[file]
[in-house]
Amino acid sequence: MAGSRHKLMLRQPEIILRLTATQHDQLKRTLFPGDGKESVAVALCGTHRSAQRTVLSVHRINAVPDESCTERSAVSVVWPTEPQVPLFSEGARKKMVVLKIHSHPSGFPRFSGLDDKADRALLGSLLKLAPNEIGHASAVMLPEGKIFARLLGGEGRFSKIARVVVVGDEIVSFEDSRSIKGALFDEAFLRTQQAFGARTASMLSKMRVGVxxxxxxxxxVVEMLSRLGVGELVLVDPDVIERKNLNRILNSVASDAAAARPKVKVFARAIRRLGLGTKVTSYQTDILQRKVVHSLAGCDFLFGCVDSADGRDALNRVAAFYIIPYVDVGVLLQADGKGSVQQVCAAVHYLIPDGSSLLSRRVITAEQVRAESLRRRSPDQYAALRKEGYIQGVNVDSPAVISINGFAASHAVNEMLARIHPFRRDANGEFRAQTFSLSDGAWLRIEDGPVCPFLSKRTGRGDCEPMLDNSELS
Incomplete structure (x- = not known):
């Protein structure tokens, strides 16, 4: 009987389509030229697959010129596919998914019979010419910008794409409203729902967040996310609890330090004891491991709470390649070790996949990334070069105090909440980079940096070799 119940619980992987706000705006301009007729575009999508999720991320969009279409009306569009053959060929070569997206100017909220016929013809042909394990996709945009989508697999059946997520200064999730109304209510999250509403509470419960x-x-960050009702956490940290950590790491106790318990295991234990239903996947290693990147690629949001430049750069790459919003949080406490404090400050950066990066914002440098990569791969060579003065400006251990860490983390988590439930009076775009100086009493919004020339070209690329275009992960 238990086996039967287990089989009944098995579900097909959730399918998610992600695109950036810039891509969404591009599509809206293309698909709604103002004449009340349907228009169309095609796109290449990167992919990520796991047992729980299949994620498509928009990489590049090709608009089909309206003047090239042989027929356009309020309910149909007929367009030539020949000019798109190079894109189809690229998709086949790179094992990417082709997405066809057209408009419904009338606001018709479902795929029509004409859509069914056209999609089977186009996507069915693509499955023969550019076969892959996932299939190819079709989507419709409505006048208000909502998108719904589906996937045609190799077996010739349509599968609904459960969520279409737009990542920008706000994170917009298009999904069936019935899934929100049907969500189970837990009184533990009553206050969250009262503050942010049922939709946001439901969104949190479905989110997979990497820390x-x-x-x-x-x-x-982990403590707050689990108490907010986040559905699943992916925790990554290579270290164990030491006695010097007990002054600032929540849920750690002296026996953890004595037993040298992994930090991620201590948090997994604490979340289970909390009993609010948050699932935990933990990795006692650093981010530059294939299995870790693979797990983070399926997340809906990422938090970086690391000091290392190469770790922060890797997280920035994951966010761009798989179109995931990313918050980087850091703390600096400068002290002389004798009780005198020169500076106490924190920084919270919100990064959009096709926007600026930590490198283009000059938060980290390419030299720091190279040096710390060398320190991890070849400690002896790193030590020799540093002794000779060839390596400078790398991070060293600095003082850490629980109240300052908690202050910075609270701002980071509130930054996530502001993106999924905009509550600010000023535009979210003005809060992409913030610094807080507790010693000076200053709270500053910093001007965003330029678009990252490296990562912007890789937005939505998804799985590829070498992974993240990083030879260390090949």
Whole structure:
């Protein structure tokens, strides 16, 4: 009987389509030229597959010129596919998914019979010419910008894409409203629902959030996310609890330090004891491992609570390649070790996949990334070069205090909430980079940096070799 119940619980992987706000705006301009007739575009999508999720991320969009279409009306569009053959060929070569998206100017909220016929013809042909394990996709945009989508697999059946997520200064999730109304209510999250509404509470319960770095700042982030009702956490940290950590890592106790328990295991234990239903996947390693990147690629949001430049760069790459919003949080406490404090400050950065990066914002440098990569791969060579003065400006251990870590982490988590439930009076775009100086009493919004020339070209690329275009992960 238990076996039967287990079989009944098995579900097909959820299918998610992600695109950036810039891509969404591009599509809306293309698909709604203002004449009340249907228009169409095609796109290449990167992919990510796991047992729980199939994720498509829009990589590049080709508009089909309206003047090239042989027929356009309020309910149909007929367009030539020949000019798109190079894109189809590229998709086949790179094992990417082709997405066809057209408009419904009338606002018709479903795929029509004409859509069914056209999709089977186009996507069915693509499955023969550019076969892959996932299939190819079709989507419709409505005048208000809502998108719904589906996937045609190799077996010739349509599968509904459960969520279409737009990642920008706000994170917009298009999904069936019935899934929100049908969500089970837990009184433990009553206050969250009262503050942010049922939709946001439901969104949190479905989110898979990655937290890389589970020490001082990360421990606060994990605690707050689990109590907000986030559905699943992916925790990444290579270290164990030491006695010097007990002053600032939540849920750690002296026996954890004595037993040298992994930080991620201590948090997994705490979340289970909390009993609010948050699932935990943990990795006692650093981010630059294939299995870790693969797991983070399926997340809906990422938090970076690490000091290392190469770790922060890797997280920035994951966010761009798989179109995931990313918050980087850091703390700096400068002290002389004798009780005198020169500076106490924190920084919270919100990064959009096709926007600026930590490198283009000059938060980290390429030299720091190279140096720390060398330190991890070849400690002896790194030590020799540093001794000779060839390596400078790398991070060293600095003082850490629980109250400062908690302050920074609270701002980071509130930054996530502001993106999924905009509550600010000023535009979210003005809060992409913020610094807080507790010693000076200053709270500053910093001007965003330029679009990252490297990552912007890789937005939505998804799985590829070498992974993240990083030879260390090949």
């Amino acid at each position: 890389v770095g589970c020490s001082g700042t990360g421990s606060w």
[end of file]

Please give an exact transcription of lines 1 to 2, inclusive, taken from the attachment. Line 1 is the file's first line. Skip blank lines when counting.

[in-house]
Amino acid sequence: MAGSRHKLMLRQPEIILRLTATQHDQLKRTLFPGDGKESVAVALCGTHRSAQRTVLSVHRINAVPDESCTERSAVSVVWPTEPQVPLFSEGARKKMVVLKIHSHPSGFPRFSGLDDKADRALLGSLLKLAPNEIGHASAVMLPEGKIFARLLGGEGRFSKIARVVVVGDEIVSFEDSRSIKGALFDEAFLRTQQAFGARTASMLSKMRVGVxxxxxxxxxVVEMLSRLGVGELVLVDPDVIERKNLNRILNSVASDAAAARPKVKVFARAIRRLGLGTKVTSYQTDILQRKVVHSLAGCDFLFGCVDSADGRDALNRVAAFYIIPYVDVGVLLQADGKGSVQQVCAAVHYLIPDGSSLLSRRVITAEQVRAESLRRRSPDQYAALRKEGYIQGVNVDSPAVISINGFAASHAVNEMLARIHPFRRDANGEFRAQTFSLSDGAWLRIEDGPVCPFLSKRTGRGDCEPMLDNSELS